The semicolon: half-right is all wrong


Something about the semicolon seems to trip people up. Maybe it’s the shape: the little round head and tail like a snake. I’m not sure.

At any rate, here are a few basic examples of when to use the semicolon.

Use a semicolon to join two independent clauses not joined with a conjunction, such as:

  • The house standing on the hill was my grandmother’s; my earliest childhood memories are there.

Semicolons are not used with simple coordinate conjunctions (and, or, but); however, a semicolon is used with a conjunctive adverb to join two independent clauses (like I just did and as in the example below).

  • The moon shined bright and full in the sky with no hint of a problem; nonetheless, Roger was still convinced he was a werewolf.

Use the semicolon to separate lists already including commas:

  • This week’s menu offered choices of tuna, salmon, and cod; peas, Brussels sprouts, and okra; rice, bulgur, and couscous.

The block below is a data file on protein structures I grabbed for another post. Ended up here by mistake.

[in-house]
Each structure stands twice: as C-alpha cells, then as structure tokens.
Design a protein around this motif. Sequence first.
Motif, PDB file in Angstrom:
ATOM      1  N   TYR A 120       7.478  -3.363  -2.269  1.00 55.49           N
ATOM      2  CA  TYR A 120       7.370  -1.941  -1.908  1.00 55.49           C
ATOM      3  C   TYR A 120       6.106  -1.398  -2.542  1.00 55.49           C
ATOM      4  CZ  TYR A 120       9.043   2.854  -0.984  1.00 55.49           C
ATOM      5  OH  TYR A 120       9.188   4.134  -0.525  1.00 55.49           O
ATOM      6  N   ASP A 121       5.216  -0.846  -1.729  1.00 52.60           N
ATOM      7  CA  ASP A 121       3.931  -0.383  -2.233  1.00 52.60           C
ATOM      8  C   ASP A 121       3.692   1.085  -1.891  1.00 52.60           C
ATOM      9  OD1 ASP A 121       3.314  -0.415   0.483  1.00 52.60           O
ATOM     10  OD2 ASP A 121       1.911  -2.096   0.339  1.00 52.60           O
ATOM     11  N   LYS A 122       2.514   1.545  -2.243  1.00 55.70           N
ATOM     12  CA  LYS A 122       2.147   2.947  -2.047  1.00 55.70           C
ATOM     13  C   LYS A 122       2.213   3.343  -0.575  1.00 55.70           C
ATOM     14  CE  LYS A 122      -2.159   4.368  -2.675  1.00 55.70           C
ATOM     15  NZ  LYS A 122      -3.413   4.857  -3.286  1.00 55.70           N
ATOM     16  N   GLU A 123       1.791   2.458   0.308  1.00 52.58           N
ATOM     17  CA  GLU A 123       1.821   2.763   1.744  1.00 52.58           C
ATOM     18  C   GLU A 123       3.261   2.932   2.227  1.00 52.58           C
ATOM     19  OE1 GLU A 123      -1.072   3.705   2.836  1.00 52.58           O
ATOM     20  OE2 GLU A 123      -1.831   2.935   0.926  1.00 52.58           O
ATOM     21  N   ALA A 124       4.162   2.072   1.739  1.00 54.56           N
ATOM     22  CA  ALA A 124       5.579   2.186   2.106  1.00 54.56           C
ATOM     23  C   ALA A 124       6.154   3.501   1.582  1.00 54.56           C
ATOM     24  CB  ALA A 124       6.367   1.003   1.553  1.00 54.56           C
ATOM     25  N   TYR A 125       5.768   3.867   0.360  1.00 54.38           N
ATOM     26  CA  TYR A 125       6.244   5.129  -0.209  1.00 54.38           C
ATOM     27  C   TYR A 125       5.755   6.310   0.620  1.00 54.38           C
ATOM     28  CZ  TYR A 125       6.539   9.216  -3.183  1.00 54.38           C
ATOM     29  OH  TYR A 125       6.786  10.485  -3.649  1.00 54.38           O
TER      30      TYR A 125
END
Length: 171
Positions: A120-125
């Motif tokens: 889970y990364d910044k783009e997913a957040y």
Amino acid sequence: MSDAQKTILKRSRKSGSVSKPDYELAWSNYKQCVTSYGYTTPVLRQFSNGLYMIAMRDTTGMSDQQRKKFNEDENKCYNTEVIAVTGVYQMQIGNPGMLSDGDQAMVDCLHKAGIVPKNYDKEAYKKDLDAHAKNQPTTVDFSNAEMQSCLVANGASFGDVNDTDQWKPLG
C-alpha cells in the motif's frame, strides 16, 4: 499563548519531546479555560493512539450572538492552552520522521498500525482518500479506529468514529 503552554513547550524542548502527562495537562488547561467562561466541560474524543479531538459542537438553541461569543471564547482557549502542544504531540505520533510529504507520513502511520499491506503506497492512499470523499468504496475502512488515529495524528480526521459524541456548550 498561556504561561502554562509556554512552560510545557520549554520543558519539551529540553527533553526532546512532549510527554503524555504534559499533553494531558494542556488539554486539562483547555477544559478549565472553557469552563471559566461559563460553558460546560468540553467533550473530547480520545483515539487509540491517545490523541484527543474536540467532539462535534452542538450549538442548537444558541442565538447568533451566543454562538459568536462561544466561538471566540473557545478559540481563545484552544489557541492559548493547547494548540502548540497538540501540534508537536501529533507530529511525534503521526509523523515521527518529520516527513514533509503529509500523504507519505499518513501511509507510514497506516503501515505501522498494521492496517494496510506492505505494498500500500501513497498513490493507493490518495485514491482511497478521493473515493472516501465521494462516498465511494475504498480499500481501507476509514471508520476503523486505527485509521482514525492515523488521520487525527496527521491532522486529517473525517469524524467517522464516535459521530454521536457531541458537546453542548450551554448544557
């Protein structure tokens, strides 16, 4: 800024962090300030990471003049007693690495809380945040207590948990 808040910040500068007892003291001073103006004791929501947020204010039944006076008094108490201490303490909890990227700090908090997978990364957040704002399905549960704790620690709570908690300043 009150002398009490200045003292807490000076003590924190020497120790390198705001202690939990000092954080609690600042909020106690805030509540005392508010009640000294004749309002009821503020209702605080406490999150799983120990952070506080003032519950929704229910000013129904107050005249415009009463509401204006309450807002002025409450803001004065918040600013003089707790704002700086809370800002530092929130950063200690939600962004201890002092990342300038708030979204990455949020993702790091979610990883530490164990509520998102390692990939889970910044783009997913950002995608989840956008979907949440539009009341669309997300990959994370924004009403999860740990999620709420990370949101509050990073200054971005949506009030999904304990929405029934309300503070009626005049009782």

Sometimes, a list with many commas can become confusing to read; for instance, when items in a list are described and commas are used in the description. Here’s what I mean:

  • I own four pets: a fat, lazy cat; a playful, energetic Labrador; a noisy, squawking parakeet; and a turtle.

In this example, if only commas were used, the whole list would jumble together, making it harder to read:

  • I own four pets: a fat, lazy cat, a playful, energetic Labrador, a noisy, squawking parakeet, and a turtle. (Huh?)

A common semicolon mistake:

My final thought is a common mistake I see. Semicolons are not used to introduce lists; colons are used to introduce lists. For example:

  • The party finally started with the arrival of Kennedy and her friends: Ginger, Rebecca, Alice, Shane, Jebediah, and Frank.

The colon introduces the names of Kennedy’s friends. A semicolon never introduces a list in this way.

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